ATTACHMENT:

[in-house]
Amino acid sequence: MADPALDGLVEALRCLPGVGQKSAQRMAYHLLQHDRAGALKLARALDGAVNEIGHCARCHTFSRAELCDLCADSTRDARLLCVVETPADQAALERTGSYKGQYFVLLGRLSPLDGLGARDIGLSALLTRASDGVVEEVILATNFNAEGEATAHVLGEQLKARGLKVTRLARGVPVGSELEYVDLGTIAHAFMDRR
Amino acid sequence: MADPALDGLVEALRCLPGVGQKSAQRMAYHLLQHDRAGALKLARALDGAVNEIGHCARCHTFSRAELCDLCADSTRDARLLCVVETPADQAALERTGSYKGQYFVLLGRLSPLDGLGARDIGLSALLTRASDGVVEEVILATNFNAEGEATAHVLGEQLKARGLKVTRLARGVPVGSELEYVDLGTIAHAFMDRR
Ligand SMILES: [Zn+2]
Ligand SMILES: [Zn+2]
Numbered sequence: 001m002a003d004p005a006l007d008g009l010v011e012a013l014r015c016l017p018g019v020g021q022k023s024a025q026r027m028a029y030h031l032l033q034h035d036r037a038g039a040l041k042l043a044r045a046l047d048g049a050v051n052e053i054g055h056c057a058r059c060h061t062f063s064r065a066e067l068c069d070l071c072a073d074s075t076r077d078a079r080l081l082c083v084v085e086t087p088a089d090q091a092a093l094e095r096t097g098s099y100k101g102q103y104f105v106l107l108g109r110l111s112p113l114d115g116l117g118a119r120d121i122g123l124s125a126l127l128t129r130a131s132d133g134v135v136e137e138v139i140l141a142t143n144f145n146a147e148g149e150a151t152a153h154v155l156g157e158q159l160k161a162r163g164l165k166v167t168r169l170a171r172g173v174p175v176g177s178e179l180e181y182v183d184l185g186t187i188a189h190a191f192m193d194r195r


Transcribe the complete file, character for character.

[in-house]
Amino acid sequence: MADPALDGLVEALRCLPGVGQKSAQRMAYHLLQHDRAGALKLARALDGAVNEIGHCARCHTFSRAELCDLCADSTRDARLLCVVETPADQAALERTGSYKGQYFVLLGRLSPLDGLGARDIGLSALLTRASDGVVEEVILATNFNAEGEATAHVLGEQLKARGLKVTRLARGVPVGSELEYVDLGTIAHAFMDRR
Amino acid sequence: MADPALDGLVEALRCLPGVGQKSAQRMAYHLLQHDRAGALKLARALDGAVNEIGHCARCHTFSRAELCDLCADSTRDARLLCVVETPADQAALERTGSYKGQYFVLLGRLSPLDGLGARDIGLSALLTRASDGVVEEVILATNFNAEGEATAHVLGEQLKARGLKVTRLARGVPVGSELEYVDLGTIAHAFMDRR
Ligand SMILES: [Zn+2]
Ligand SMILES: [Zn+2]
Numbered sequence: 001m002a003d004p005a006l007d008g009l010v011e012a013l014r015c016l017p018g019v020g021q022k023s024a025q026r027m028a029y030h031l032l033q034h035d036r037a038g039a040l041k042l043a044r045a046l047d048g049a050v051n052e053i054g055h056c057a058r059c060h061t062f063s064r065a066e067l068c069d070l071c072a073d074s075t076r077d078a079r080l081l082c083v084v085e086t087p088a089d090q091a092a093l094e095r096t097g098s099y100k101g102q103y104f105v106l107l108g109r110l111s112p113l114d115g116l117g118a119r120d121i122g123l124s125a126l127l128t129r130a131s132d133g134v135v136e137e138v139i140l141a142t143n144f145n146a147e148g149e150a151t152a153h154v155l156g157e158q159l160k161a162r163g164l165k166v167t168r169l170a171r172g173v174p175v176g177s178e179l180e181y182v183d184l185g186t187i188a189h190a191f192m193d194r195r